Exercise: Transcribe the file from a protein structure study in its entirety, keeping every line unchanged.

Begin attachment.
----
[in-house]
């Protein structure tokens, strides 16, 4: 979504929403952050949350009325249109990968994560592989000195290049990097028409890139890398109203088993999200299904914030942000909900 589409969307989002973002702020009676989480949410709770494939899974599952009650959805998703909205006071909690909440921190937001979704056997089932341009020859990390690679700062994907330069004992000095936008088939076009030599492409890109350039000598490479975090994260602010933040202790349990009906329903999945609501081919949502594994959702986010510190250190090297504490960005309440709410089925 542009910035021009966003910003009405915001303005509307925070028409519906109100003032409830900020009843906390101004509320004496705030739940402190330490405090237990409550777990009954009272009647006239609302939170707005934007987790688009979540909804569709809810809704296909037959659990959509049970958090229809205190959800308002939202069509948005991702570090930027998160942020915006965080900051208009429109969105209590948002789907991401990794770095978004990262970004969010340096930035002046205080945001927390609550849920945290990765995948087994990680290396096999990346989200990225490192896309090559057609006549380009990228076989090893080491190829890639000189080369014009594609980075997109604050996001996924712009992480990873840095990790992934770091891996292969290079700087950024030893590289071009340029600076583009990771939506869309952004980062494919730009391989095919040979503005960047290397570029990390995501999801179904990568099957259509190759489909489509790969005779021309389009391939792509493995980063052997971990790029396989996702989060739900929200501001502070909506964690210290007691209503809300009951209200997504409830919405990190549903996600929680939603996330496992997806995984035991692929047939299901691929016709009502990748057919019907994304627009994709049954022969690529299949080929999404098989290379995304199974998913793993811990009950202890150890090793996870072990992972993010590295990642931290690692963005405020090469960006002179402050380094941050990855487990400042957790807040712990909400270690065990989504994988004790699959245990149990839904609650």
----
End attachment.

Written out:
[in-house]
């Protein structure tokens, strides 16, 4: 979504929403952050949350009325249109990968994560592989000195290049990097028409890139890398109203088993999200299904914030942000909900 589409969307989002973002702020009676989480949410709770494939899974599952009650959805998703909205006071909690909440921190937001979704056997089932341009020859990390690679700062994907330069004992000095936008088939076009030599492409890109350039000598490479975090994260602010933040202790349990009906329903999945609501081919949502594994959702986010510190250190090297504490960005309440709410089925 542009910035021009966003910003009405915001303005509307925070028409519906109100003032409830900020009843906390101004509320004496705030739940402190330490405090237990409550777990009954009272009647006239609302939170707005934007987790688009979540909804569709809810809704296909037959659990959509049970958090229809205190959800308002939202069509948005991702570090930027998160942020915006965080900051208009429109969105209590948002789907991401990794770095978004990262970004969010340096930035002046205080945001927390609550849920945290990765995948087994990680290396096999990346989200990225490192896309090559057609006549380009990228076989090893080491190829890639000189080369014009594609980075997109604050996001996924712009992480990873840095990790992934770091891996292969290079700087950024030893590289071009340029600076583009990771939506869309952004980062494919730009391989095919040979503005960047290397570029990390995501999801179904990568099957259509190759489909489509790969005779021309389009391939792509493995980063052997971990790029396989996702989060739900929200501001502070909506964690210290007691209503809300009951209200997504409830919405990190549903996600929680939603996330496992997806995984035991692929047939299901691929016709009502990748057919019907994304627009994709049954022969690529299949080929999404098989290379995304199974998913793993811990009950202890150890090793996870072990992972993010590295990642931290690692963005405020090469960006002179402050380094941050990855487990400042957790807040712990909400270690065990989504994988004790699959245990149990839904609650």